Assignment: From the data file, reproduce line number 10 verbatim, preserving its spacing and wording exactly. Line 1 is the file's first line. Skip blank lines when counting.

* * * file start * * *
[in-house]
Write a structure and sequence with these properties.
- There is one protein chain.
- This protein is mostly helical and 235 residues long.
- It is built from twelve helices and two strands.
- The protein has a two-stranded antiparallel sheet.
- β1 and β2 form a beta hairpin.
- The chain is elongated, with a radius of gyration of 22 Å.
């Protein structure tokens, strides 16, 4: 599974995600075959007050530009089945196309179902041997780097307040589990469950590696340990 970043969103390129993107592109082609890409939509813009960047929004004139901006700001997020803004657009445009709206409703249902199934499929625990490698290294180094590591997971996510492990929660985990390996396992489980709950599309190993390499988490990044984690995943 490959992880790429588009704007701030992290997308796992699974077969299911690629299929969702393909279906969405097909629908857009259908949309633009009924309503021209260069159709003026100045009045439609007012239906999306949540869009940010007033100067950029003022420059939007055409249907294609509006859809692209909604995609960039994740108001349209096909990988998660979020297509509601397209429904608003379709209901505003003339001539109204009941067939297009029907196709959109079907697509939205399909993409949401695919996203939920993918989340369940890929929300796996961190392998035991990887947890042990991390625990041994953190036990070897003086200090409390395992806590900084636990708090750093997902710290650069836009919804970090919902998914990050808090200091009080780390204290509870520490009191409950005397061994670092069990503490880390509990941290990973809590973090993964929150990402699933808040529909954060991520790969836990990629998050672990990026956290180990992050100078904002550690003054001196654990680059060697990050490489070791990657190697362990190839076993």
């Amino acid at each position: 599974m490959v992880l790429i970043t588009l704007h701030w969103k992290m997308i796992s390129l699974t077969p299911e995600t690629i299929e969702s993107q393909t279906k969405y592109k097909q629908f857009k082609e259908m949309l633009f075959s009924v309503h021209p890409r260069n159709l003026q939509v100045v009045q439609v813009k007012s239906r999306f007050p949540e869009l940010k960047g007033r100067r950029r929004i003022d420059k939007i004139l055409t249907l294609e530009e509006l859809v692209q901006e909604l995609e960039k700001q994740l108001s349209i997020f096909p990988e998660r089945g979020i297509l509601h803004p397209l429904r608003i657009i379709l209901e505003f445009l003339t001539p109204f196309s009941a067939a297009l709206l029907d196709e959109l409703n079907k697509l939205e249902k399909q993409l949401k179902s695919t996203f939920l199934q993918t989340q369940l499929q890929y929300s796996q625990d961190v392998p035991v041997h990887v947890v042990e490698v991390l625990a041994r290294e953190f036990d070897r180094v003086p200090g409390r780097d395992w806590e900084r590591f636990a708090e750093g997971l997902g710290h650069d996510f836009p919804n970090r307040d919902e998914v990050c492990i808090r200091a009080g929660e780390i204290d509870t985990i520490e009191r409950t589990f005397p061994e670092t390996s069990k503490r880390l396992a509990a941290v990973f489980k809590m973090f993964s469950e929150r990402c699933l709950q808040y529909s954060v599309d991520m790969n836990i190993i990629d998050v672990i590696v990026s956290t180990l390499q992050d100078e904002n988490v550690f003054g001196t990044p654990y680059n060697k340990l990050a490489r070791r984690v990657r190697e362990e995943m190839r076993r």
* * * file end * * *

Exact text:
């Amino acid at each position: 599974m490959v992880l790429i970043t588009l704007h701030w969103k992290m997308i796992s390129l699974t077969p299911e995600t690629i299929e969702s993107q393909t279906k969405y592109k097909q629908f857009k082609e259908m949309l633009f075959s009924v309503h021209p890409r260069n159709l003026q939509v100045v009045q439609v813009k007012s239906r999306f007050p949540e869009l940010k960047g007033r100067r950029r929004i003022d420059k939007i004139l055409t249907l294609e530009e509006l859809v692209q901006e909604l995609e960039k700001q994740l108001s349209i997020f096909p990988e998660r089945g979020i297509l509601h803004p397209l429904r608003i657009i379709l209901e505003f445009l003339t001539p109204f196309s009941a067939a297009l709206l029907d196709e959109l409703n079907k697509l939205e249902k399909q993409l949401k179902s695919t996203f939920l199934q993918t989340q369940l499929q890929y929300s796996q625990d961190v392998p035991v041997h990887v947890v042990e490698v991390l625990a041994r290294e953190f036990d070897r180094v003086p200090g409390r780097d395992w806590e900084r590591f636990a708090e750093g997971l997902g710290h650069d996510f836009p919804n970090r307040d919902e998914v990050c492990i808090r200091a009080g929660e780390i204290d509870t985990i520490e009191r409950t589990f005397p061994e670092t390996s069990k503490r880390l396992a509990a941290v990973f489980k809590m973090f993964s469950e929150r990402c699933l709950q808040y529909s954060v599309d991520m790969n836990i190993i990629d998050v672990i590696v990026s956290t180990l390499q992050d100078e904002n988490v550690f003054g001196t990044p654990y680059n060697k340990l990050a490489r070791r984690v990657r190697e362990e995943m190839r076993r």